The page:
by Phil Manzano
It doesn’t look like much to people driving by on Rainier Avenue South: a large patch of dirt ringed by temporary chain-link fencing. But to Seattle Police Detective Denise “Cookie” Bouldin, it is part of a long-unfolding vision to help youth through chess and build community.
The patch of dirt meant that the Detective Cookie Chess Park on Rainier Avenue South near 51st Avenue South was taking shape, and community members showed up Sunday afternoon to celebrate its groundbreaking and pay homage to Bouldin’s dream.
“Even though this park is called Detective Cookie’s Chess Park, this is really your chess park,” Bouldin told the crowd of parents, children, and community leaders. “It’s yours because it could not have happened without you. You guys put in the work by coming and showing up for chess. Parents, you put in the work, and the grandparents, by bringing your kids and grandkids. And everybody just came to play.”
Chessboards were set up on folding tables where children challenged adults to a game during Sunday’s celebration. K.J. Wright, former Seattle Seahawks linebacker from the class of Legion of Boom, sat across from his son, Kameron, both studying the board.
“Oh, that’s the queen, good move, good move,” Wright said to his son.
“First of all, I love Detective Cookie,” Wright said. “I met her a few years ago, and I just love what she’s doing in the community with these kids. My son and myself, we play chess … It’s just something that we do together, and it made sense to come out here and support Detective Cookie and these great things she’s doing in the community.”
When finished, the undeveloped wedge of right-of-way will feature a 50-foot-long curved seat wall with a steel and fabric canopy and permanent tables for chess arrayed around a giant in-ground chessboard in the center of the small park.
Her 43 years with Seattle police, the chess park, and youth work are a long way from Bouldin’s childhood growing up in Rockwell Gardens, then one of Chicago’s largest public housing projects, similar to Cabrini-Green.
“It’s just a dream come true,” Bouldin said surveying Sunday’s scene. “You know, a little girl from the projects of Chicago, where people basically said that you would never be anything. You’re just gonna grow up in a project. You’re gonna live in a project and you’re gonna be a housewife.”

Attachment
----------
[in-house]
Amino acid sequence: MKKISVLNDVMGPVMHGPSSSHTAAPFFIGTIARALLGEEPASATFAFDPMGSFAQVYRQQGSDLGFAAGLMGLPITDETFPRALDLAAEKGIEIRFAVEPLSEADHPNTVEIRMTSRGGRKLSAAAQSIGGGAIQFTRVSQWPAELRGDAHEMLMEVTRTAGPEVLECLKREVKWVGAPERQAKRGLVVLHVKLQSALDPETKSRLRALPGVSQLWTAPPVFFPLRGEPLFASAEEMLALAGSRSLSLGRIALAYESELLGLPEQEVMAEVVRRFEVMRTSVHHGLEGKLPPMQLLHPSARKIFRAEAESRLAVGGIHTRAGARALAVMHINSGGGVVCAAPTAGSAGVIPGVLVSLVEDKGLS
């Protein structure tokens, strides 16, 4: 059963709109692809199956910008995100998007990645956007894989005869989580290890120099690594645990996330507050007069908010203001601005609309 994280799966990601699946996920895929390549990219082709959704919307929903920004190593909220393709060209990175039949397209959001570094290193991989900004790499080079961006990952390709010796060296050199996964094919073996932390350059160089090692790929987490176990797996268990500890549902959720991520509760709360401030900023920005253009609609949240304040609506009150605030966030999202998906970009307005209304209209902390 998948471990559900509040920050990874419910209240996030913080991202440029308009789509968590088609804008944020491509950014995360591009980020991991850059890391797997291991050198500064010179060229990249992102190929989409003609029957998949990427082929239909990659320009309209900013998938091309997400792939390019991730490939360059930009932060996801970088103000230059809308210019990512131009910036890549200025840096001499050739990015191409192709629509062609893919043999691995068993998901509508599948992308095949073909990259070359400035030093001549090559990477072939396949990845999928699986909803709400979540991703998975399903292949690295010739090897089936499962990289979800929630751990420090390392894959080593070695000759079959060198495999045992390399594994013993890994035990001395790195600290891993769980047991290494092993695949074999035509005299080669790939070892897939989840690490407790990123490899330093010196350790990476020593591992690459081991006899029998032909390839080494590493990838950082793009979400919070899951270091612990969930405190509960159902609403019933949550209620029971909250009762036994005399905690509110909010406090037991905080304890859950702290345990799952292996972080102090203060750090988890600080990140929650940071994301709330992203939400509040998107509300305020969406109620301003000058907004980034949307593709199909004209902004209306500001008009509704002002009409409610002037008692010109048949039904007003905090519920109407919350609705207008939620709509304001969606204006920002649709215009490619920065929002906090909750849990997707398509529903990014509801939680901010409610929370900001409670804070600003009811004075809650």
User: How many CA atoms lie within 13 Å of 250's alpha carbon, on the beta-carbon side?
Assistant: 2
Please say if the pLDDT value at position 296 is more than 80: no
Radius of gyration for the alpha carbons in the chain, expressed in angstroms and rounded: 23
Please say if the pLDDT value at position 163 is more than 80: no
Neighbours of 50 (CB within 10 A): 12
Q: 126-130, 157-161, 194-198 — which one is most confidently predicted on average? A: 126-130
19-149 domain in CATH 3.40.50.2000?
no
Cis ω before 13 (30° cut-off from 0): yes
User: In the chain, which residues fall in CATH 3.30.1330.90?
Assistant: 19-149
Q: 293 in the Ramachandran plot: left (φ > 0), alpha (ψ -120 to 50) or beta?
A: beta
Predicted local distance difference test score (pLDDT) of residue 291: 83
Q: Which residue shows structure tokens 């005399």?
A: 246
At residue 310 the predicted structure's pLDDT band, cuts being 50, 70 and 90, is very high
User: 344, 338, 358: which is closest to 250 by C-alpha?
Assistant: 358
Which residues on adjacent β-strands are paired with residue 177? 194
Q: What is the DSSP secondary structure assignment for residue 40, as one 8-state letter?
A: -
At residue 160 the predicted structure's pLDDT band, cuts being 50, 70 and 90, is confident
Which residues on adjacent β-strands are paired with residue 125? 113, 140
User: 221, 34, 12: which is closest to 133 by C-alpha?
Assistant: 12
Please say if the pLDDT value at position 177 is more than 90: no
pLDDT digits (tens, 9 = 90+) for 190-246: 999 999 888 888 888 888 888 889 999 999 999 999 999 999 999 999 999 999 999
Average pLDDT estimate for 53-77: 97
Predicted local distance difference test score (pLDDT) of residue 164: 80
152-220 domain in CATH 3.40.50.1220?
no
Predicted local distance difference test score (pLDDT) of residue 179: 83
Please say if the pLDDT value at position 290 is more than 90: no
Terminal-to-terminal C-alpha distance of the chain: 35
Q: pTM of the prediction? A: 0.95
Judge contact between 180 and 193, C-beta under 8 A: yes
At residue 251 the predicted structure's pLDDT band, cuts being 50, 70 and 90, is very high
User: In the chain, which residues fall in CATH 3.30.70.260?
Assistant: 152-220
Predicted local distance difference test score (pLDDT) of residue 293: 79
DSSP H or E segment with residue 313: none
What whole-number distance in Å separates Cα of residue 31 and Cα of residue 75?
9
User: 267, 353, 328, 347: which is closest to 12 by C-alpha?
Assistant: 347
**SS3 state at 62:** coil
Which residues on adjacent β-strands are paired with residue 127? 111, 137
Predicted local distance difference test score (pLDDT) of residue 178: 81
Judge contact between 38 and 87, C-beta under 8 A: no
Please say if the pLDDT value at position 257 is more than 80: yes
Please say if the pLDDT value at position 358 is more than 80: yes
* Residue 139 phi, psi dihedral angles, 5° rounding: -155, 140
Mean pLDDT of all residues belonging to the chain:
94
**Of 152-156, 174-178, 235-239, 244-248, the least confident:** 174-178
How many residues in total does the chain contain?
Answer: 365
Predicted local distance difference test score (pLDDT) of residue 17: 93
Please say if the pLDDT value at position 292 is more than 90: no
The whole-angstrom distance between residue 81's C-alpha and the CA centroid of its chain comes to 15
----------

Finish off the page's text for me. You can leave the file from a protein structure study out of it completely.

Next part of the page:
“And I really kind of believed that, I really did,” Bouldin said. “I was dreaming of how my apartment was gonna look in there in the project because I didn’t know any better. Until I actually got out of the projects, went off to college and started seeing other things and opened my mind to what I wanted.”
For the last decade, through the chess club, Bouldin has been helping open up the minds of Rainier Beach youth, some whose lives mirrored her own — disadvantaged with seemingly limited futures.
“Kids that people have given up on, I’ll take them in,” she says.
Bouldin plays and teaches chess and has seen the power it has to help youth move forward. One of her former chess club players is now an instructor at Bellevue College. Another is in his first year in medical school and contacted her to thank her for helping keep him out of gangs.
“They are learning how to concentrate, how to make decisions,” Bouldin says. “I’m reminding them that what’s happening on the chessboard can easily happen out on the street; but it’ll be real people and not just pieces. There’s consequences to your actions on the streets as there are consequences to your moves. So, chess has really become part of this neighborhood, and people are absolutely loving every bit of it.”
Kids find it challenging and fun to learn, Bouldin said. Some kids balk at first when dropped off at the chess club, and their parents return to find they don’t want to go home but want to keep playing.
Chess has seen some recent growing popularity, Bouldin said. Recent series like Netflix’s The Queen’s Gambit or movies such as Disney’s Queen of Katwe or even the iconic Searching for Bobby Fischer have fueled that rise.
“When I was growing up, it wasn’t a cool kid sport,” she said. “But now you’re cool; not only are you cool if you play chess, but you’re smart. It’s another kind of cool.”
Bouldin is also quick to deflect a lot of attention to the community support of the chess club, whether it’s organizations like the Washington Chess Federation (which has provided mentorship and scholarships to chess tournaments), to City funding through Councilmember Tammy Morales’ office and other departments, foundation support, or local business and volunteers who made Sunday’s event possible.
“Every time I needed you, you showed up,” she told the crowd. “Every time something was going on, you showed up.”
Editors’ Note: This story was updated to reflect Bouldin’s years with the Seattle Police Department and that she continues to play and teach chess.
Phil Manzano is a South Seattle writer, editor with more than 30 years of experience in daily journalism, and most recently was the news editor for the Emerald.
📸 Featured Image: Detective Denise “Cookie” Bouldin and youth members of the chess club break ground on the Detective Cookie Chess Park Sunday, June 12, 2022. (Photo: Susan Fried)
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